Saturday 19 September 2020 ,
Saturday 19 September 2020 ,
Latest News
29 January, 2020 00:00 00 AM / LAST MODIFIED: 29 January, 2020 08:08:35 PM
Print
Noise attack on board exams

Citizens miffed by loudspeaker use

Mubtasim Fuad, Dhaka

Blaring loudspeakers used for campaigning have become a nuisance for students preparing for their Secondary School Certificate (SSC) exams.  The deafening sound is also creating problems for patients at different hospitals. Other people, especially the elderly and children, are also suffering from this sudden rise in the level of noise pollution. As many as 756 mayor and councillor aspirants are contesting the Dhaka North and South city polls. Each councillor candidate uses, on average, two microphones, while the number of microphones used by the mayoral aspirants could not be ascertained.

The continuous sound blurted out by these loudspeakers is taking a toll on the everyday life of citizens. These loudspeakers blast at high decibels near educational institutions, and religious places, and hospitals. According to the City Corporation (Election Code of Conduct) Rules 2016, not more than one microphone can be used during any election campaign. The use of speakers have been limited from 2pm to 8pm.

But this election code of conduct is being violated daily by every candidate contesting the civic polls.  Processions with loudspeakers are being brought up in different parts of Dhaka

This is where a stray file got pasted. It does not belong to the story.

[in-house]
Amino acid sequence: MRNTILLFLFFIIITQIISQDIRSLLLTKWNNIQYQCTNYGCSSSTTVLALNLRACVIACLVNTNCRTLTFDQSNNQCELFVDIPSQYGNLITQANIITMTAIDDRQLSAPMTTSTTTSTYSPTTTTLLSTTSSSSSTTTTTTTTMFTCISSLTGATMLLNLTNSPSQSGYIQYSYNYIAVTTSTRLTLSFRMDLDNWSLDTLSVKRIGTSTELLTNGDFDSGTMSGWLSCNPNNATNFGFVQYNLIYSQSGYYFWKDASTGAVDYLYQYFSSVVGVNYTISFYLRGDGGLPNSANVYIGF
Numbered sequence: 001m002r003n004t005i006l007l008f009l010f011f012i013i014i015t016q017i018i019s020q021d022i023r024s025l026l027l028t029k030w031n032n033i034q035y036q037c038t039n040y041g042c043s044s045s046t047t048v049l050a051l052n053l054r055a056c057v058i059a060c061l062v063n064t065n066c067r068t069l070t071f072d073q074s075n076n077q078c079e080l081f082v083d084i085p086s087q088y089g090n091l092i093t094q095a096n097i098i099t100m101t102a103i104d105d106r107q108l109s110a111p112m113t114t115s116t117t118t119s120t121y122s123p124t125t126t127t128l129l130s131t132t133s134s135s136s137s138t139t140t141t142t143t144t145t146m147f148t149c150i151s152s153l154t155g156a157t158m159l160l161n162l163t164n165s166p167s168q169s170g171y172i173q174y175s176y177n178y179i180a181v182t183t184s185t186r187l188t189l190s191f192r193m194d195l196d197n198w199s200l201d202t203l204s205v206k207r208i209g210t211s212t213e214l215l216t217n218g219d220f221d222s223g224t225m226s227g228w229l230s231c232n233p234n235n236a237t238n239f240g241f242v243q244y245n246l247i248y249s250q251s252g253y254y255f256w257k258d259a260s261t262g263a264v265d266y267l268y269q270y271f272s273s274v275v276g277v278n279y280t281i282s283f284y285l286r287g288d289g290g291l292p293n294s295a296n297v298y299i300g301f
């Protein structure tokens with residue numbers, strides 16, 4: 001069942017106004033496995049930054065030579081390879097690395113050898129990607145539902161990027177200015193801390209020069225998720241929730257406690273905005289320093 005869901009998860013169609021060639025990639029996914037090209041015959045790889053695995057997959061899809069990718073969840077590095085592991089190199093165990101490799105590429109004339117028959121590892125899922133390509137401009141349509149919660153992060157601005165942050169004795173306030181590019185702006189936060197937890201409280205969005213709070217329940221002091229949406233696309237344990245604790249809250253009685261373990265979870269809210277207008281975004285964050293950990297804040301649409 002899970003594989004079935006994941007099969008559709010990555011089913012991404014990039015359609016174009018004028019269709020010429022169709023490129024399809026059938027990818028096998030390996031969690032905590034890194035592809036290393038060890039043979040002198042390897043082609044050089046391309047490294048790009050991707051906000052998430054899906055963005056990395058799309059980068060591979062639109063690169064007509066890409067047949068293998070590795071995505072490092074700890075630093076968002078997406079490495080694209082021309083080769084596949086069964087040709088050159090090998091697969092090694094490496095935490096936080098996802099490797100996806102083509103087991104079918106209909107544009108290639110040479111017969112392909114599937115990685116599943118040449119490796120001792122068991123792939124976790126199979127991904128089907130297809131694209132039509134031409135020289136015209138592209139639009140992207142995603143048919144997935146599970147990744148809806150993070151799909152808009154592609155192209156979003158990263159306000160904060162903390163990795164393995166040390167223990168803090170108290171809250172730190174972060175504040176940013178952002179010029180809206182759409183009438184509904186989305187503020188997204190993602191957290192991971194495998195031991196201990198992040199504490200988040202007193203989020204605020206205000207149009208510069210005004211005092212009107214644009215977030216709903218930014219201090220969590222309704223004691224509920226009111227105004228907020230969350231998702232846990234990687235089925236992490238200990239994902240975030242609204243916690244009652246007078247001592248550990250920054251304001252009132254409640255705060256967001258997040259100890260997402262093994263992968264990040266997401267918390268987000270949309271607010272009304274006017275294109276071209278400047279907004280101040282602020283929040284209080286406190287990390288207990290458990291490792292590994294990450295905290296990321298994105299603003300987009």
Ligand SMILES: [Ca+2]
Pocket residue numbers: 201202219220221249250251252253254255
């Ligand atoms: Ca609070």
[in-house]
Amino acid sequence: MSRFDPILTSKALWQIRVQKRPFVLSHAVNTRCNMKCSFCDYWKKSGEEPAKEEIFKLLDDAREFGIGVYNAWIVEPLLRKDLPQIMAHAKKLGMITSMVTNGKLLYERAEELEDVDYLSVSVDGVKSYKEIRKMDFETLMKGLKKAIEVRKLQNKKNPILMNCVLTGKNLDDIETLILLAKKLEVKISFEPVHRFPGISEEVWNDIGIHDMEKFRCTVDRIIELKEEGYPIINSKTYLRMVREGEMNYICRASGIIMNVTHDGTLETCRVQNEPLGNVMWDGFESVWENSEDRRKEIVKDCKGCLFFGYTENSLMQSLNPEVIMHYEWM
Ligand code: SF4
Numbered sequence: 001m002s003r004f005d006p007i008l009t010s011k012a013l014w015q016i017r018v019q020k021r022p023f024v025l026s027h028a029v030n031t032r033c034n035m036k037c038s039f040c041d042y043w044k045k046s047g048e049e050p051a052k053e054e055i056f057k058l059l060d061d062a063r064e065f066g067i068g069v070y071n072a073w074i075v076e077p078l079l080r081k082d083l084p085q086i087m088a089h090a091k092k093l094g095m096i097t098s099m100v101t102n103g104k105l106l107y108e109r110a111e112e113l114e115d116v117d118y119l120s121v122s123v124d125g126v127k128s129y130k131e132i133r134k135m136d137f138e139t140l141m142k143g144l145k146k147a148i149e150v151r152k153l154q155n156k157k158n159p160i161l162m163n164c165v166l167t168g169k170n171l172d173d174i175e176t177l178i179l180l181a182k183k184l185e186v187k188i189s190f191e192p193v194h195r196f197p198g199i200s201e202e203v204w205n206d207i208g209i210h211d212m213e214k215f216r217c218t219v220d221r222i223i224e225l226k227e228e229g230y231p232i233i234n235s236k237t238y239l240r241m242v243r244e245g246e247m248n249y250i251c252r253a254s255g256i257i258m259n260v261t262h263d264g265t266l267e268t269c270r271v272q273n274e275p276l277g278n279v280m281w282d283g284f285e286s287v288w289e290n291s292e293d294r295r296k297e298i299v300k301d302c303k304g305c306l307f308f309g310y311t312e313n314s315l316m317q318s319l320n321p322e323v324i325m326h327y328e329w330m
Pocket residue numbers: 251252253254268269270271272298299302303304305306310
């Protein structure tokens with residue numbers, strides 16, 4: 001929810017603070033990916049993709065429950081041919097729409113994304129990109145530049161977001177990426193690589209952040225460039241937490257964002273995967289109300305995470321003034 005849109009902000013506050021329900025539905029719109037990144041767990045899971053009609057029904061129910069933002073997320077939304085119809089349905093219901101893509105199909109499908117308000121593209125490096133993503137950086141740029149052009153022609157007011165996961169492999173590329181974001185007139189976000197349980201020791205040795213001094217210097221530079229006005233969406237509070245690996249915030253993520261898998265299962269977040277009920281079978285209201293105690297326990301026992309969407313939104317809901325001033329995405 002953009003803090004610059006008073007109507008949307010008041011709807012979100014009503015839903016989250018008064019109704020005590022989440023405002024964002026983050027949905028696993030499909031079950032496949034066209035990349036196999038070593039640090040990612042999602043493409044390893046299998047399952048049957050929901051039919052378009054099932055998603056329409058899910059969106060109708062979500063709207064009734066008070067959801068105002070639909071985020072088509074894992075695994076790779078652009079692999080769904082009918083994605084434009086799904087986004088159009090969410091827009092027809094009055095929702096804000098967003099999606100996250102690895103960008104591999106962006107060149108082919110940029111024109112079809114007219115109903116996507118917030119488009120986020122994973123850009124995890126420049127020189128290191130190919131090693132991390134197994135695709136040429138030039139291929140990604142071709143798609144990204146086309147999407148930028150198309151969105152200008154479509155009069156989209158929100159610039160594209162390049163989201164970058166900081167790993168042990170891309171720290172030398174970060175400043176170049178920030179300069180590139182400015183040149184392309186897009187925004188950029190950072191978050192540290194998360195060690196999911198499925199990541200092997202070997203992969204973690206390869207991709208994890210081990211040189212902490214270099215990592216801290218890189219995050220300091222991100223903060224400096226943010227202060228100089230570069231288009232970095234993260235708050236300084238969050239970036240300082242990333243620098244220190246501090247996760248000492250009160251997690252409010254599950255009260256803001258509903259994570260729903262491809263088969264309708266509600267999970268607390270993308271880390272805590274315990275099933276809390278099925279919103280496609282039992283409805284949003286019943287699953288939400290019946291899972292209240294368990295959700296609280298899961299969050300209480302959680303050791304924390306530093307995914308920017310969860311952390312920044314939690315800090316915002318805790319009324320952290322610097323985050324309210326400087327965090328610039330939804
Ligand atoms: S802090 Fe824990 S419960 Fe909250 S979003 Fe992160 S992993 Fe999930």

after 8pm. Add to that the blaring horns on motorcycles, screaming over microphones, and playing of slogans and songs—the city becomes a seething cauldron of unbearable sounds. With the SSC exams a little over a week away, students are affected by this noise pollution. It also poses health risks to elders and children who are not accustomed to such loud noise. City dwellers have been enduring songs and slogans played on loudspeakers, fitted on moving vehicles, beyond the permitted hours since the campaign began on January 10.  During a visit to ward no. 45 under Dhaka North City Corporation (DNCC), this correspondent saw a man on a rickshaw campaigning with a mike on Monday evening. Two to three minutes’ walk from there, a stage was set up for a view-exchange meeting at Majarpara in Uttarkhan, where the campaign songs of a councillor candidate were played from a loudspeaker. Supporters of two councillor candidates were campaigning with loudspeakers near a maternity hospital in Azimpur. The two camps are within 100–120 feet of each other.

Uttara Sector-7 resident Akhi Tabassum said that her children were unable to sleep at night due to the loud campaigning. “The SSC exams are coming up. The studies of the examinees are being harmed,” she added.

Morseda Jaman, a resident of Pallabi, said her daughter, could hardly concentrate on her studies thanks to the noise coming out of loudspeakers. “My daughter gets very upset as she has a very short time left to complete her exam preparations. We can do nothing but tolerate the nuisance,” she added.